P A S S I O N M A C H I N E ' S ' W E OURSELVES'
SINCE FIRST emerging in the midEighties, Paul Mercier and his compa ny Passion Machine have firmly estab lished themselves as distinctive and important presences on the Irish the atre scene. High-energy and committed plays like Studs, Wasters, Buddleia and Kitchensink gave unique and urgent form and voice to the experiences of individuals and communities (notably 'ordinary joe' Dubs) often overlooked by mainstream threatre. While thematically and stylistically rooted in the communities about and for whom they were written, Mercier's plays tran scended any kind of cultural ghettoisation. Mercier's latest play, We Ourselves, which Passion Machine present at the Town Hall next week, moves away from the Dublin-centred focus of much of his earlier work to provide a vista of the changes in Irish society over the past quarter-century or so. It's made up of seven monologues by characters who were all born during the Programme for Economic Expansion in the late Fifties / early Sixties and came to maturity during the prosperous Nineties. The characters are linked by having all worked together one fateful summer in Germany and Holland, but in many respects they're very different. There's Mikey the school teacher, Una the theatre-worker, Emer the lawyer/housewife/mother, Pip the com puter whizzkid, Deaglan the Eurocrat, and Aonghus the gay who dreams of being a majorette in New York's Paddy's Day parade. "It's like seven aspects of one story," Mercier explains. " We see these charac ters at different stages in their lives and they each tell their own story. But the sto ries all add up to what I'd describe as one poem, a love poem even. I think some people might find it a difficult piece, to be honest, it demands a lot of concentration from the audience but I hope the writing (and the production) make the effort worthwhile." The reviews suggest that they do. The Irish Times David Now Ian specifically commented on the need to concentrate on every line and word hut concluded that "the sharp attention required is rewarded by the always affec tionate, sometimes irritated and occca,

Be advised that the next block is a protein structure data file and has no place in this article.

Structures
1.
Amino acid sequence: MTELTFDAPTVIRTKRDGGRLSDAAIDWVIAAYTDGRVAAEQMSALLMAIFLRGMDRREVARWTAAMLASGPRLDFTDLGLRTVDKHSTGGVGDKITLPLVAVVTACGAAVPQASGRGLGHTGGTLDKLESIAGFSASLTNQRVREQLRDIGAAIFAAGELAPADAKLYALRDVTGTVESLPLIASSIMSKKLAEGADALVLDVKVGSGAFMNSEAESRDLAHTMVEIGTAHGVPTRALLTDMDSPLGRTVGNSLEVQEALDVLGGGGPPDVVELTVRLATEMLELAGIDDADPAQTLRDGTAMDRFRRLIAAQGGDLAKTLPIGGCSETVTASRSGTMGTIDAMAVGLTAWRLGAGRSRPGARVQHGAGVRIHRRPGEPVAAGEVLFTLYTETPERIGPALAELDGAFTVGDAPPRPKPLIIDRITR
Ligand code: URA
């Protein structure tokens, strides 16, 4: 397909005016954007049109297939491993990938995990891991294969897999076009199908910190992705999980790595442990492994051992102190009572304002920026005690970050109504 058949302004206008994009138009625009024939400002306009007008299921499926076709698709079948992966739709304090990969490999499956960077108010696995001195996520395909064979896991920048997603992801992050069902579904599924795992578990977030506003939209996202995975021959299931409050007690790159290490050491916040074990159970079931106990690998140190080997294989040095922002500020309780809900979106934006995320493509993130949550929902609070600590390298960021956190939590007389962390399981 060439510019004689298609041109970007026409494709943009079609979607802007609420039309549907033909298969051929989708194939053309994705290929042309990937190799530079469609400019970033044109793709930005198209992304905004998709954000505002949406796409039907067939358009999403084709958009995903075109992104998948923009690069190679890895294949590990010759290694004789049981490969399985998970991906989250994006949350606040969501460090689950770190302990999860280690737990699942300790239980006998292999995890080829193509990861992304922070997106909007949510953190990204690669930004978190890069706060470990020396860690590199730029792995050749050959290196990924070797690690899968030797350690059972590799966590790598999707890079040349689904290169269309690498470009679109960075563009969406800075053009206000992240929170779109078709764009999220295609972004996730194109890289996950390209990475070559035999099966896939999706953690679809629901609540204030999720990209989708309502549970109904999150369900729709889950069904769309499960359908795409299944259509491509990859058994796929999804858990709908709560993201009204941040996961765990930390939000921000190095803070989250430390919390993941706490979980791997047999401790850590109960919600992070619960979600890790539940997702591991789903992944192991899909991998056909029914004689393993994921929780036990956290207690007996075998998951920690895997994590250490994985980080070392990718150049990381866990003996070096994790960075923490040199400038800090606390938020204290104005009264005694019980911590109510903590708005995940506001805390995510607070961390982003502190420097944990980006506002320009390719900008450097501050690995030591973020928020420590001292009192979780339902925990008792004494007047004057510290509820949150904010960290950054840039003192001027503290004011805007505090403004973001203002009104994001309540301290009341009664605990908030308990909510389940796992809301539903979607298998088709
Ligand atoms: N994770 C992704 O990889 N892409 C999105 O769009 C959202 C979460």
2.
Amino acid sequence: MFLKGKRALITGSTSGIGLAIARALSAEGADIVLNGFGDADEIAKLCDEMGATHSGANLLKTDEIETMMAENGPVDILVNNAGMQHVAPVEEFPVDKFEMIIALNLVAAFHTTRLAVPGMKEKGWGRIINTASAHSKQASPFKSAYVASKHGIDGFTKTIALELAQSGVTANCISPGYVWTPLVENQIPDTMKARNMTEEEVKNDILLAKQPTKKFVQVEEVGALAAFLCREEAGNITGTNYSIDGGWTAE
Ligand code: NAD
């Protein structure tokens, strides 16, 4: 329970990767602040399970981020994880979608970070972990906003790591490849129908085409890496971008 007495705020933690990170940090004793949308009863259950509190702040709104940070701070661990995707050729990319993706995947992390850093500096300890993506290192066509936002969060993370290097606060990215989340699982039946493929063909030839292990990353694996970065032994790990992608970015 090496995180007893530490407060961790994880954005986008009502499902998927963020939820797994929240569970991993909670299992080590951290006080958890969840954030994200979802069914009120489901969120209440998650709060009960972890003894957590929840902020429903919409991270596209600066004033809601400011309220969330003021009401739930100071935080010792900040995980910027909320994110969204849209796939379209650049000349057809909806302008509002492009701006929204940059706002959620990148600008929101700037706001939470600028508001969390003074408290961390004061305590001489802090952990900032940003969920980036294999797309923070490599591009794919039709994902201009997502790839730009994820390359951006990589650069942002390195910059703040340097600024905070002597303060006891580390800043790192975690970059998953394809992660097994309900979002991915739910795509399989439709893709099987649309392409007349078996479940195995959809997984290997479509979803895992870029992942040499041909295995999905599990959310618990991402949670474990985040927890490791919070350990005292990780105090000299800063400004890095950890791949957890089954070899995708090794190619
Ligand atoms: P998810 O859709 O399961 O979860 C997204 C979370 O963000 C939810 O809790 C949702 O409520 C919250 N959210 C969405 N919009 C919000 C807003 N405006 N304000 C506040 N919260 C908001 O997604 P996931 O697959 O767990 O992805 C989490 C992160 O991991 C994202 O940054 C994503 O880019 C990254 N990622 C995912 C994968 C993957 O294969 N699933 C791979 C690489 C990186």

sionally angry passion that Mercier has invested in his text". Paul Mercier also directs the play (assisted by Jean O'Dwyer) and the cast includes Pia Mclnerney, Conor Byrne, Gabrielle Breathnach, Liam Carney, Gerry McCann, Gail Fitzpatrick and David Gorry. We Ourselves runs at the Town Hall from Tuesday, June 6. to Saturday, June 10. CMcB